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  tokyo - reiko

tokyo gadget fest

The other day, Casio sponsored an event in Shibuya. Digital gadget events are usually done in Akihabara, but Casio wanted to try to appeal to a younger crowd, so we did the event in Shibuya.

Print Club Sticker Casio announced their new QV-30 digital camera that day so we showed the young people in Shibuya the new camera and a printer that connects to the camera. There is a machine called a Print Club kiosk that a company called Atlas released this year. People go to these kiosks and get their pictures taken. The machine prints little stickers of these pictures. Kids take these pictures and stick them on all kinds of things. The pictures are usually pictures taken with friends. Anyway, the new Casio printer lets you make these stickers yourself. At the event, we let kids take pictures and print stickers for free.

camera I recently got one of these printers. Now I have a complete collection along with a QV10, QV10A, QV30, QV100, QV300. I lent a QV300 to Joi Ito so he can take high quality images for electric minds.

That day, I also got a baby-G, the mini version of the G-Shock Wristwatch that James Higa was asking about in Conversations.

The G-Shock and now the baby-G are a huge hit in Japan. The day of the event, Casio released their Christmas baby-G pair of watches and they sold out that day.

G-Shock and baby-G are diving watches. A lot of surfers use them. They are coming out in all kinds of styles and colors. Unlike the Swatch, the G-Shock is less "fashiony" and more "sporty." They are more robust than the Swatch. The G-Shock watches are LCD and have animations. Some of them let you program words that play across the screens. The pair of watches that came out this Christmas for instance, were paired up like Angel and Devil. The Angel being a white watch and the Devil being black. Each had LCD animations of the Angel or Devil.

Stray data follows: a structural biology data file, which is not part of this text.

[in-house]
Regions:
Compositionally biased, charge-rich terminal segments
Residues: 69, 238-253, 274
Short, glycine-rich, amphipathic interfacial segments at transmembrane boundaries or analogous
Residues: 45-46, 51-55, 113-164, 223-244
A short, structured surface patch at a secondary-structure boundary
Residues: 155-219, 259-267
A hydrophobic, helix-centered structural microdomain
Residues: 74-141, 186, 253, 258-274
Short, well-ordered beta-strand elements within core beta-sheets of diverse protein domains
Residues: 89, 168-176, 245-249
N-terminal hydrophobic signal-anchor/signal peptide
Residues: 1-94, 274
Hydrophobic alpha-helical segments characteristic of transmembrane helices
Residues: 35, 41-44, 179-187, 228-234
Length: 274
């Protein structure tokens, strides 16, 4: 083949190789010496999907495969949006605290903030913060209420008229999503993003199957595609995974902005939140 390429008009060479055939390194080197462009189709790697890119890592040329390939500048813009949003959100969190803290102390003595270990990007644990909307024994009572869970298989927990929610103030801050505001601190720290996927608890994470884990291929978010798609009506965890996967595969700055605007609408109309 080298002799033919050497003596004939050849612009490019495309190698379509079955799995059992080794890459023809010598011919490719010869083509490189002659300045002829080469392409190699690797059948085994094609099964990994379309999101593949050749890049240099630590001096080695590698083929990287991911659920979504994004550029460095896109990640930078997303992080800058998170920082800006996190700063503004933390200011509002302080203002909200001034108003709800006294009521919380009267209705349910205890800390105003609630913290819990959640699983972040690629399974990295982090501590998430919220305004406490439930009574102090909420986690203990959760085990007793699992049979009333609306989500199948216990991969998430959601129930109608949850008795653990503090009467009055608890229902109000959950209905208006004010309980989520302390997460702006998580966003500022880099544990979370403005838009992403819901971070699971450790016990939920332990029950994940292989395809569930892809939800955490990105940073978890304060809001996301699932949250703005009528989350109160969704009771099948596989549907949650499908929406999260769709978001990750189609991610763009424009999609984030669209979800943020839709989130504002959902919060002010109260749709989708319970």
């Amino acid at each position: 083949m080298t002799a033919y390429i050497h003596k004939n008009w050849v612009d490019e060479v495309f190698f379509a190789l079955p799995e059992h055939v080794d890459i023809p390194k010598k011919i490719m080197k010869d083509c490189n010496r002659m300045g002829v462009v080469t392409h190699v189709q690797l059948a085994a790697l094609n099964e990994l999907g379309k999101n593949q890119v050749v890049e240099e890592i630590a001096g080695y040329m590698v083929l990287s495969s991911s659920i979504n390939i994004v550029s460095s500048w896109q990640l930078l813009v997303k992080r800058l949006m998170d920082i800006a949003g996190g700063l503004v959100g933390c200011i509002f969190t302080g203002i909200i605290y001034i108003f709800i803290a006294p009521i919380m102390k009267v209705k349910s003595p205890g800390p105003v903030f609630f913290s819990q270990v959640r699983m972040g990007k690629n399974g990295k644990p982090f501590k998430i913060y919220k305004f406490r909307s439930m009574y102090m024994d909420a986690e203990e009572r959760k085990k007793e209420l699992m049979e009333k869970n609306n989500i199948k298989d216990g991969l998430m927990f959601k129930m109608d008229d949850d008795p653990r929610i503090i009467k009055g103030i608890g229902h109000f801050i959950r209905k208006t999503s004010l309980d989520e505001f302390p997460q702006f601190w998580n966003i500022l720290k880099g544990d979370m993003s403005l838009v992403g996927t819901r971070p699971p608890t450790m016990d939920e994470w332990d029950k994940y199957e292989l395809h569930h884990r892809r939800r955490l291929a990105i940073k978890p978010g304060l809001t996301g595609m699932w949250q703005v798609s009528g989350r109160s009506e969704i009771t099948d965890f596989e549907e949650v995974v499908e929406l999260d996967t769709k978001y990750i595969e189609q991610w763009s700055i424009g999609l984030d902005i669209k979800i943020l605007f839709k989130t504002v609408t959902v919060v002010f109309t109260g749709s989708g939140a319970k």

There were also polar bear and penguin pairs... You get the idea. I got a rare pink baby-G programmed to display CHIBAREI in spinning letter. Cooler than a Java script. ;)



higa said:

From one side of the coin, the education here is too restrictive, repetitive, and rote. But... you do actually learn the basics, you learn more group skills, and the education is uniform throughout the country. I also think the 'must get into Todai' pressure is starting to break down and students are pursuing more diverse futures than the one path of old. I'll be faced with the decision of whether to send my son to international school or Japanese school much sooner than I'd like. I'm not sure which way I lean. I like the rigor of Japanese school but also want Jasper to enjoy the freedom of US schools.

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Another cool gadget that we talked about in the gadget conversations in WWJ is the Mini-Tetris. I think they sold about 40,000,000 units. They sell for about $10. Everyone plays them on trains and at school. Everywhere you go, you see people playing mini-tetris. I have a mini-tetris, but my manager has one that has 50 games in it.

The thing is, these people making the mini-tetris haven't licensed the game rights from the people who made the game, so it has become a problem. A lot of the big shops don't sell them anymore, but you can still buy them on the street.

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